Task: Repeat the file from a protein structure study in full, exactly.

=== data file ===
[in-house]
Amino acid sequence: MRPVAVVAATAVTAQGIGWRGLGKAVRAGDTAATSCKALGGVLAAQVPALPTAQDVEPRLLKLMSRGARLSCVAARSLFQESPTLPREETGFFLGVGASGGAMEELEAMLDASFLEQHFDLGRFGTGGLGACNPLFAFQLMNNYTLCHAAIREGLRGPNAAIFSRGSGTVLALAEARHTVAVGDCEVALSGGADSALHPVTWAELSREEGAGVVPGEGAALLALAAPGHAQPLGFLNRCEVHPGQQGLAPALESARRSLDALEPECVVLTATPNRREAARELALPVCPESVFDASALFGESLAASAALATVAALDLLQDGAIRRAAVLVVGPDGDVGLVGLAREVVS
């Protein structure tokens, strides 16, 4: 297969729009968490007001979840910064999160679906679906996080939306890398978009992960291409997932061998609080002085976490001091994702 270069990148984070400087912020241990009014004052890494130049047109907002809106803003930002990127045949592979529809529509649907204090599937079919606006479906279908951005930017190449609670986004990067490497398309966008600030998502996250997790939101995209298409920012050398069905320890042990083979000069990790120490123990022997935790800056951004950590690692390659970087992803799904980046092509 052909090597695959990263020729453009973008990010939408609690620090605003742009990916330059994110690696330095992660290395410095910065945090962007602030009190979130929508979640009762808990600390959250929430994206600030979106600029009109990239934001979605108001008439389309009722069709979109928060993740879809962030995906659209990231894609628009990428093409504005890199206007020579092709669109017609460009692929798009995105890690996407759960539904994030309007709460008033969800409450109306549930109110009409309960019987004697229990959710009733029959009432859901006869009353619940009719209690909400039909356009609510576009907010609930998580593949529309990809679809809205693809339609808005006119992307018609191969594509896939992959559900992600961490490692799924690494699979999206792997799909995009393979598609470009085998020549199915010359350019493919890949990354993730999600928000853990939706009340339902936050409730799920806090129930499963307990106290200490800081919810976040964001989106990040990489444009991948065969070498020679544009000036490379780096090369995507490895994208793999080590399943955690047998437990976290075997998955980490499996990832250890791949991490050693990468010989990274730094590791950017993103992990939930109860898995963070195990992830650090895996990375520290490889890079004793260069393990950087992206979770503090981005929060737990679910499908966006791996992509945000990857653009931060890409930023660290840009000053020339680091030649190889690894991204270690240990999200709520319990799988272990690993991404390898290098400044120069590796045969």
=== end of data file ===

[in-house]
Amino acid sequence: MRPVAVVAATAVTAQGIGWRGLGKAVRAGDTAATSCKALGGVLAAQVPALPTAQDVEPRLLKLMSRGARLSCVAARSLFQESPTLPREETGFFLGVGASGGAMEELEAMLDASFLEQHFDLGRFGTGGLGACNPLFAFQLMNNYTLCHAAIREGLRGPNAAIFSRGSGTVLALAEARHTVAVGDCEVALSGGADSALHPVTWAELSREEGAGVVPGEGAALLALAAPGHAQPLGFLNRCEVHPGQQGLAPALESARRSLDALEPECVVLTATPNRREAARELALPVCPESVFDASALFGESLAASAALATVAALDLLQDGAIRRAAVLVVGPDGDVGLVGLAREVVS
């Protein structure tokens, strides 16, 4: 297969729009968490007001979840910064999160679906679906996080939306890398978009992960291409997932061998609080002085976490001091994702 270069990148984070400087912020241990009014004052890494130049047109907002809106803003930002990127045949592979529809529509649907204090599937079919606006479906279908951005930017190449609670986004990067490497398309966008600030998502996250997790939101995209298409920012050398069905320890042990083979000069990790120490123990022997935790800056951004950590690692390659970087992803799904980046092509 052909090597695959990263020729453009973008990010939408609690620090605003742009990916330059994110690696330095992660290395410095910065945090962007602030009190979130929508979640009762808990600390959250929430994206600030979106600029009109990239934001979605108001008439389309009722069709979109928060993740879809962030995906659209990231894609628009990428093409504005890199206007020579092709669109017609460009692929798009995105890690996407759960539904994030309007709460008033969800409450109306549930109110009409309960019987004697229990959710009733029959009432859901006869009353619940009719209690909400039909356009609510576009907010609930998580593949529309990809679809809205693809339609808005006119992307018609191969594509896939992959559900992600961490490692799924690494699979999206792997799909995009393979598609470009085998020549199915010359350019493919890949990354993730999600928000853990939706009340339902936050409730799920806090129930499963307990106290200490800081919810976040964001989106990040990489444009991948065969070498020679544009000036490379780096090369995507490895994208793999080590399943955690047998437990976290075997998955980490499996990832250890791949991490050693990468010989990274730094590791950017993103992990939930109860898995963070195990992830650090895996990375520290490889890079004793260069393990950087992206979770503090981005929060737990679910499908966006791996992509945000990857653009931060890409930023660290840009000053020339680091030649190889690894991204270690240990999200709520319990799988272990690993991404390898290098400044120069590796045969």